Transcript levels of slc15a2 in the middle intestine showed a significant decrease (P = 0.04) from 6 to 72 h post-feeding, and transcript levels were significantly higher (P = 0.004) in FW than in SW (Figure 3E). Significant interactions (P = 0.024) between time and salinity were observed in the posterior intestine. In SW there was an increasing trend between 6 and 24 h, followed by a decrease at the 72 h time-point. In FW, there was no significant difference between the three time-points. Unlike the middle intestinal sections, transcript levels in the posterior intestine were significantly higher in SW than in FW at 6 and 24 h post feeding (Figure 3F). Relative expression levels of VHA and NHE3 were measured (Appendix 4), and comparison of the expression patterns showed significant correlations between the PepT genes and the V-H+-ATPase (Table 1).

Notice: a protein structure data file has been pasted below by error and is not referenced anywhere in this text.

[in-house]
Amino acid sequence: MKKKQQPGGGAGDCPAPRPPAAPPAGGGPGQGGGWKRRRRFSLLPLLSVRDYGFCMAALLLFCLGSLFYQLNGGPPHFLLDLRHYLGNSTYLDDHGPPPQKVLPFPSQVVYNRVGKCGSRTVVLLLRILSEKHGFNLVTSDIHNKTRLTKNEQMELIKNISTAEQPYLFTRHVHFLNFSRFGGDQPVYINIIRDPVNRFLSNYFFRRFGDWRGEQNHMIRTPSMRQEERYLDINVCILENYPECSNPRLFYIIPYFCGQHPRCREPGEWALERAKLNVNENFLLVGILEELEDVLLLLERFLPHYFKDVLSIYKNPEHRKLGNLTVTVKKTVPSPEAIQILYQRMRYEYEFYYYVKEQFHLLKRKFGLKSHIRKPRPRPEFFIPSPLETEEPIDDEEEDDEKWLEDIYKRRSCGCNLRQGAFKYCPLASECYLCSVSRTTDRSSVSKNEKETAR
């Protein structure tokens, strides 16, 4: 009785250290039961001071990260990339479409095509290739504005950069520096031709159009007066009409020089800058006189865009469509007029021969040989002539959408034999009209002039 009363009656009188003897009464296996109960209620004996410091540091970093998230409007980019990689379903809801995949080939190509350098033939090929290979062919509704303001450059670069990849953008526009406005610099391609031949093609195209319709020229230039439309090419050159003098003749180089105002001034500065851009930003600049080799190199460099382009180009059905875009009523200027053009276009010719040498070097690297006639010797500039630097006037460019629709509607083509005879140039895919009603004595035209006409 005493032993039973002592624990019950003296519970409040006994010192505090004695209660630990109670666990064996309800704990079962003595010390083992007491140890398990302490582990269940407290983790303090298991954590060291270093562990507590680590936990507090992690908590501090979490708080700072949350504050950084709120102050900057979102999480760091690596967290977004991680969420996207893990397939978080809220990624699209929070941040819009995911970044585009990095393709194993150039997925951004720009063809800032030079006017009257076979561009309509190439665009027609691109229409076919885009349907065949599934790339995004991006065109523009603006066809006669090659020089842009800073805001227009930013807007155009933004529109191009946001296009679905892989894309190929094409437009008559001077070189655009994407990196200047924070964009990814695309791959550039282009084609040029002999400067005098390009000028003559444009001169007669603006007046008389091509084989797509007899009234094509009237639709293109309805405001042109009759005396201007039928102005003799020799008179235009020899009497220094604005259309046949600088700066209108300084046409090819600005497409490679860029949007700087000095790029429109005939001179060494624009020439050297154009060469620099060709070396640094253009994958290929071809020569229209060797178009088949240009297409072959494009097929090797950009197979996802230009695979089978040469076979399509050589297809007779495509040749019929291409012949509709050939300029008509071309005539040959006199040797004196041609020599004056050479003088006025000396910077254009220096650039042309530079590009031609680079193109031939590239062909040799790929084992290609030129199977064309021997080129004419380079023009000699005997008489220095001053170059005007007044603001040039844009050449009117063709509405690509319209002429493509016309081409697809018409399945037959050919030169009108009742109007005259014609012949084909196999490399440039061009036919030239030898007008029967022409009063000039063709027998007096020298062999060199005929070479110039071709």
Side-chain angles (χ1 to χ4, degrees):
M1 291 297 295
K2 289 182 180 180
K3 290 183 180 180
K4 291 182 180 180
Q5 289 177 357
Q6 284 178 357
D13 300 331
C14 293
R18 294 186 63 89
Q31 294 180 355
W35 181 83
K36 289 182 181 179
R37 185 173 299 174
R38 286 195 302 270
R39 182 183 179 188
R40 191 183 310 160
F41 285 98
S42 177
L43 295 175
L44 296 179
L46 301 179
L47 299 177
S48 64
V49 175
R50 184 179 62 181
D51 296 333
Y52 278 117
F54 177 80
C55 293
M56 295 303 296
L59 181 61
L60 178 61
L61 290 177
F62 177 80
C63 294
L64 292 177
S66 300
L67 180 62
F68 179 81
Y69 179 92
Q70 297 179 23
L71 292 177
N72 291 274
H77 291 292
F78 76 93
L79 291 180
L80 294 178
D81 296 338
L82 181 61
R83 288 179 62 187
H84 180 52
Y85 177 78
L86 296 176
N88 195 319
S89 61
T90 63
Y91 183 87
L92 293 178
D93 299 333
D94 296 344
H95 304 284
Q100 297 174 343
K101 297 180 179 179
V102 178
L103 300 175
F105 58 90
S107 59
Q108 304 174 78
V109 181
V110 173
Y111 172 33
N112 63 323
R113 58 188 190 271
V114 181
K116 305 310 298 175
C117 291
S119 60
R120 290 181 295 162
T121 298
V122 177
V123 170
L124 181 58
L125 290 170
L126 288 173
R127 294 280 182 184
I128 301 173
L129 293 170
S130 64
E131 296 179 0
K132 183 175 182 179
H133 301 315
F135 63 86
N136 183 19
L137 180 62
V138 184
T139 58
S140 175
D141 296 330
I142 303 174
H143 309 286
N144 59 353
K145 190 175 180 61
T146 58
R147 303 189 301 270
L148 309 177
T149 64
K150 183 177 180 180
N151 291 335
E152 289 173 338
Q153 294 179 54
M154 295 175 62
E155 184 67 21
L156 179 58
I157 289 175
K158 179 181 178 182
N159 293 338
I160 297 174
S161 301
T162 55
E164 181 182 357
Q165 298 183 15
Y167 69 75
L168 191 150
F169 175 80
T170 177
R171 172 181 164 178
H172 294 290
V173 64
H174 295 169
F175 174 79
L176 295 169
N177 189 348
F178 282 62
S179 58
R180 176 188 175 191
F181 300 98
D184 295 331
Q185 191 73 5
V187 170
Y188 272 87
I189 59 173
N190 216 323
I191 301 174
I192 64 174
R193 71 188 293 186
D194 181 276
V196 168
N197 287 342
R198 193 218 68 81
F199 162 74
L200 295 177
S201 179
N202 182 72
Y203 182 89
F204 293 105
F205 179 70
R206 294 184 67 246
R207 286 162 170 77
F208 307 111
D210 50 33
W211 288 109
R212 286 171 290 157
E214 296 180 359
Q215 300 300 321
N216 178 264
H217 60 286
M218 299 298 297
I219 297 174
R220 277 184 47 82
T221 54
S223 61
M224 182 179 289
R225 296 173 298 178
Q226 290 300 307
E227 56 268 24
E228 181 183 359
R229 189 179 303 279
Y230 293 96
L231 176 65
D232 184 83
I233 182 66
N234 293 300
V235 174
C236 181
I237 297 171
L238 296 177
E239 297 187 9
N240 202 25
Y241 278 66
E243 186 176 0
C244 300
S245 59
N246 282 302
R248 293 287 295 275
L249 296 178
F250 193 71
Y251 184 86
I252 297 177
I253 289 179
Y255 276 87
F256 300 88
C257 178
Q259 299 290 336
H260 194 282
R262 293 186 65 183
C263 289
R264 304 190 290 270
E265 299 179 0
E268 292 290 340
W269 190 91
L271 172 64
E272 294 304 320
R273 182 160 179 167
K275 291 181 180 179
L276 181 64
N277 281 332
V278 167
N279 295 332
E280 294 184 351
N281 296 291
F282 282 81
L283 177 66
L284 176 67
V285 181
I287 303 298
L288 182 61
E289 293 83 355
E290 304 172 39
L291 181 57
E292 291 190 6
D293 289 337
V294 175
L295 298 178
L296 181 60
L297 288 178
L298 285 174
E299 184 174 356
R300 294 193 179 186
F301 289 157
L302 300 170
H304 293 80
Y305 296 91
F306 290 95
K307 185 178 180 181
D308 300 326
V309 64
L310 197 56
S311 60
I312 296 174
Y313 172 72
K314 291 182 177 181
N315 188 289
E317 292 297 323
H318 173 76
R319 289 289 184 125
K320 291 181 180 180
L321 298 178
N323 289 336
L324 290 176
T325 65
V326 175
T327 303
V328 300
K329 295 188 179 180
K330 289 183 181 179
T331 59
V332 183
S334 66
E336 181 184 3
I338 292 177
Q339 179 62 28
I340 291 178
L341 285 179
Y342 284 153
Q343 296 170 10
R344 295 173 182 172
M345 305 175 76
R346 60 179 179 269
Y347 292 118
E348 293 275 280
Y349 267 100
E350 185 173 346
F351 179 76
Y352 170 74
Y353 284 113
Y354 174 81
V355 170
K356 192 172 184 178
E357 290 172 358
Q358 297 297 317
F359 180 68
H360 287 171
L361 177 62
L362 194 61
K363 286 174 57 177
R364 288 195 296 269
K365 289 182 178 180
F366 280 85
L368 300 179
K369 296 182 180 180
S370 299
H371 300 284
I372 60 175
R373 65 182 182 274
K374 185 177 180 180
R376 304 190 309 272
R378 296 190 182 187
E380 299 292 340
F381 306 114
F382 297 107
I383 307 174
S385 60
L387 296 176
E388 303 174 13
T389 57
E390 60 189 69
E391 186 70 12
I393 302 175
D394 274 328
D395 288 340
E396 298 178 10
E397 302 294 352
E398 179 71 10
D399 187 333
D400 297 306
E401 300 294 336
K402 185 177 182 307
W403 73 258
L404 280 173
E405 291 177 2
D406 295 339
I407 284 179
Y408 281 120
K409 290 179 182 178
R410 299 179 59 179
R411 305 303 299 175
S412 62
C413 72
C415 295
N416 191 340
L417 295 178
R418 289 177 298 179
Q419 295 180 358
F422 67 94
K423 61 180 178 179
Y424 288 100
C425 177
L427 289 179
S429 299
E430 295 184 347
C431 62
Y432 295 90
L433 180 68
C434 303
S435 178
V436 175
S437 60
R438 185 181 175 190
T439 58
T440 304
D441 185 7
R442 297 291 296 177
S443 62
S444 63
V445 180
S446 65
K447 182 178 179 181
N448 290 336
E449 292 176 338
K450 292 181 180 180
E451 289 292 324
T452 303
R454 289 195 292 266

Table 1. Significant correlations between expressed genes along the intestinal segments, in two water salinities.
The specificities of the antibodies produced for the three tilapia PepT isoforms were demonstrated in Western blot analysis (Appendix 2). Both PepT1 and PepT2 antibodies showed complete elimination of the signal when incubated with the immunizing peptide in an immunofluorescence assay (Appendix 5). This result indicates specific staining and rejects non-specific recognition of the different variants. Immunofluorescence assays showed strong signals at the apical membrane for all three antibodies, and none at the basolateral side of the enterocytes (Figures 4, 5). In the anterior intestinal section, staining was only observed with PepT1a and PepT1b antibodies, whereas in the middle intestinal section, staining was observed with all three PepT antibodies. In the posterior intestinal section, the only detected staining was with the PepT2 antibody. Thus, the protein localization of the PepT variants was in accordance with the results of the gene expression analysis.